Feeds:
Posts
Comments

Archive for the ‘Education’ Category

Slices of Mangalitsa and Red Wattle HamsWe keep an impressive pile of cured pork legs in the shop. The Italian prosciutto and Spanish jamón are justifiably well-known. Also nestled in there, however, are two domestic treats that I advise you not to miss: Mangalitsa and Red Wattle hams. The latter is particularly American, hailing from a centuries-old tradition of pork curing in Surry County, Virginia.

We source our Mangalitsa and Red Wattle ham from Edwards of Virginia who, in turn, sources pastured, humanely-raised Mangalitsa and Red Wattle pigs from small farms in North Carolina and Iowa, respectively. These heritage breeds are prized for their well-marbled, toothsome, flavorful meat, not to mention a wickedly decadent abundance of fat. Mangalitsas resemble a cross between a sheep and a pig – they’re sometimes called “wooly pigs,” for good reason – and they’re related to the wild boar. Like their boar brethren, Mangalitsa meat is lightly gamey, with a sweet, nutty, intense flavor. (more…)

Read Full Post »

Heirloom Tomatoes

Heirloom Tomatoes

For a lover of words, leafing through an heirloom seed catalog is almost as delicious as eating the fruits and vegetables pictured on each page. The poetry of heirloom seeds is unabashed, starting with names such as Amish Deer Tongue lettuce, Moon and Stars watermelon, Rouge Vif d’Etamps squash, Yellow Dent corn and a personal favorite, Radiator Charlie’s Mortgage Lifter tomatoes. Nomenclature aside, heirloom crops possess a long, distinguished past. (more…)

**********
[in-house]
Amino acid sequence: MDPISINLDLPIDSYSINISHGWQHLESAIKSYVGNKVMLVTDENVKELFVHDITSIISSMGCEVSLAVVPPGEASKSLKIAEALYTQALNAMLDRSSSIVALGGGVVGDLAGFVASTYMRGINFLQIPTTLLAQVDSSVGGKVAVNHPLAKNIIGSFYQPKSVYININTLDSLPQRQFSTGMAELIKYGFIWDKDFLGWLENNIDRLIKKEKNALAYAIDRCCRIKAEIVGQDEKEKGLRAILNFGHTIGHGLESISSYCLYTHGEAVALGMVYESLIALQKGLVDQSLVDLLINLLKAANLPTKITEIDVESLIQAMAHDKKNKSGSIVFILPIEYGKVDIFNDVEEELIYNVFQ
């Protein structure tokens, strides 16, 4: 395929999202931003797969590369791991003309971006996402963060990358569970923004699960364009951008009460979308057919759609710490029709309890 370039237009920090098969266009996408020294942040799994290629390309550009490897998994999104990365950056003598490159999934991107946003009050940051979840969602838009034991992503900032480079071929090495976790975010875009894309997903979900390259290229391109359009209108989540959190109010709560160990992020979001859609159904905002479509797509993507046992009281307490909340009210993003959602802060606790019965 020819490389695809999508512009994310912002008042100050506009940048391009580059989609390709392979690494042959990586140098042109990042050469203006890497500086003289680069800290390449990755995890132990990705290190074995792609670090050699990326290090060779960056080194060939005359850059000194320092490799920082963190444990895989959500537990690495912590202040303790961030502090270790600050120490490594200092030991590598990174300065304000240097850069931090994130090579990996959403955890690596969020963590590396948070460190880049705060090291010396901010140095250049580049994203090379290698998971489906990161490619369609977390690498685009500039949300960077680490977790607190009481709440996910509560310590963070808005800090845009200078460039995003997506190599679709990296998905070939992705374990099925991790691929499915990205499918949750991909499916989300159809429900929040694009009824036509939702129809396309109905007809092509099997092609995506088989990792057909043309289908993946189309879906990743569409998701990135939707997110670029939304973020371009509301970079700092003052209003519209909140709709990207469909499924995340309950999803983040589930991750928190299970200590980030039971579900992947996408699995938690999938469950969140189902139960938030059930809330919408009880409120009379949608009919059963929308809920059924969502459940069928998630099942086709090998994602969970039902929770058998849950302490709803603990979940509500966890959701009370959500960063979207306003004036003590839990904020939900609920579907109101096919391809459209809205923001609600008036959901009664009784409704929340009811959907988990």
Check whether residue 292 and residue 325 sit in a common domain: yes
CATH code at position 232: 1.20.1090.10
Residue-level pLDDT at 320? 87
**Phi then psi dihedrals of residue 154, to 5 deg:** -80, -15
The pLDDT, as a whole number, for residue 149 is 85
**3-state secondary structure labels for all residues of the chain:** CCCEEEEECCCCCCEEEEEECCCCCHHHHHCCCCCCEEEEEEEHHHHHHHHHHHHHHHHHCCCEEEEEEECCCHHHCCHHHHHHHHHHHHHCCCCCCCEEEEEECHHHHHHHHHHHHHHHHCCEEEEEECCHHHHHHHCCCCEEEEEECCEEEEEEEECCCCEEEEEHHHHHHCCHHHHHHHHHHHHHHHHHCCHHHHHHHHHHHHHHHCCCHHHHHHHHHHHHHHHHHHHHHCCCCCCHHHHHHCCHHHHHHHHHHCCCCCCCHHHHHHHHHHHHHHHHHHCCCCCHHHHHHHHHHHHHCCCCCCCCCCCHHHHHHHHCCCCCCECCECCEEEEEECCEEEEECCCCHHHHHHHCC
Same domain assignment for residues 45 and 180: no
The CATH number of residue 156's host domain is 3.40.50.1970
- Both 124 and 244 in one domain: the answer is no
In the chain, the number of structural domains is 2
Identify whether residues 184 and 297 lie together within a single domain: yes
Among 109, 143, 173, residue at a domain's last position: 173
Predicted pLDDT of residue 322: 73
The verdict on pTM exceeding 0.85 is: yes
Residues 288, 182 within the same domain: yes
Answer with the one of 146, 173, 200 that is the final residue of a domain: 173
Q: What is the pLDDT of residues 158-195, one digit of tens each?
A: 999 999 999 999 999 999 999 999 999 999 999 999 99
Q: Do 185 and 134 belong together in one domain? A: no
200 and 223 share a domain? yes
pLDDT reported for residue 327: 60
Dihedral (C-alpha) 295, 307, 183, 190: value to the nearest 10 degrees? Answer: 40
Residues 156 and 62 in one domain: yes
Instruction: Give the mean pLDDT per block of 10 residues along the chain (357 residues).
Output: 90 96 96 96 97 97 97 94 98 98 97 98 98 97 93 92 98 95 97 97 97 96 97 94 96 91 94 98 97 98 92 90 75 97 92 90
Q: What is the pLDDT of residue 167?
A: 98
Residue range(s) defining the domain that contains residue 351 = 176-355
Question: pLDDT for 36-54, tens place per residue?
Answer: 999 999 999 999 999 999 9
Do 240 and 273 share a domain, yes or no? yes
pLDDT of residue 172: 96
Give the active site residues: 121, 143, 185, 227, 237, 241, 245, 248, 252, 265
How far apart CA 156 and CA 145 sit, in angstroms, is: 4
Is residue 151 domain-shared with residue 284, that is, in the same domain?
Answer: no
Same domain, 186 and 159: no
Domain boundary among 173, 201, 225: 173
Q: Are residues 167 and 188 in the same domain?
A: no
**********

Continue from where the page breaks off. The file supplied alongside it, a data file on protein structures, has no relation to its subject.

Read Full Post »

Hulled Barley - Four Star Farms

Hulled Barley – Four Star Farms

From the banks of the Tigris and the Euphrates, to the coast of the Mediterranean and down into Egypt stretches the Fertile Crescent. Aptly known as the “cradle of civilization,” this land bore witness to many of the earliest human settlements. Historians have documented the development of basic architecture, tools, weapons, agriculture and a reliance upon the foods grown in cultivated fields to as far back as 9,000 B.C.E. Cereals, grasses and grains were among the first crops to be harvested and prepared, usually by grinding them into meal and cooking them over a fire. Grains were also ground into flour for bread, or fermented and brewed into beer. (more…)

Read Full Post »

Siberian Caviar

American-Raised Siberian Caviar

Champagne. Cheese. Cake. Caviar. So many goodies start with the letter “C” – and many of them are quite luxurious foodstuffs. Caviar is one of the most luxurious of all. At the extreme, caviar has been packaged in solid gold tins and sold at secret auction to the highest bidder. (more…)

Read Full Post »

Old and Young Parmigiano Reggiano

On a recent trip to Italy, I had the opportunity to visit a co-op that makes Parmigiano Reggiano. It was a first for me – I have witnessed the cheesemaking process before and have even tried my hand at making chèvre but I had never before observed the making of a hard, aged cheese like Parmigiano Reggiano. (more…)

Read Full Post »

Heirloom Apples from Scott Farm (Dummerston, VT)

Top to bottom: Franc Rambour, Duchess of Oldenburg, Lamb Abbey Pearmain and Gravenstein.

Crisp autumnal air. The sweet smell of leaves. Dashes of yellows and oranges and reds and browns. A quintessential New England fall. And nothing says fall to me like apples and apple picking.

As a child, roaming the orchards, climbing up the ladder to pick the fruit, and biting into a juicy red McIntosh was what thrilled me. Now that I’m a bit older, I still love to pick apples but, as a produce buyer here at Formaggio Kitchen Cambridge, what really gets my motor going is the sheer variety of apples available today.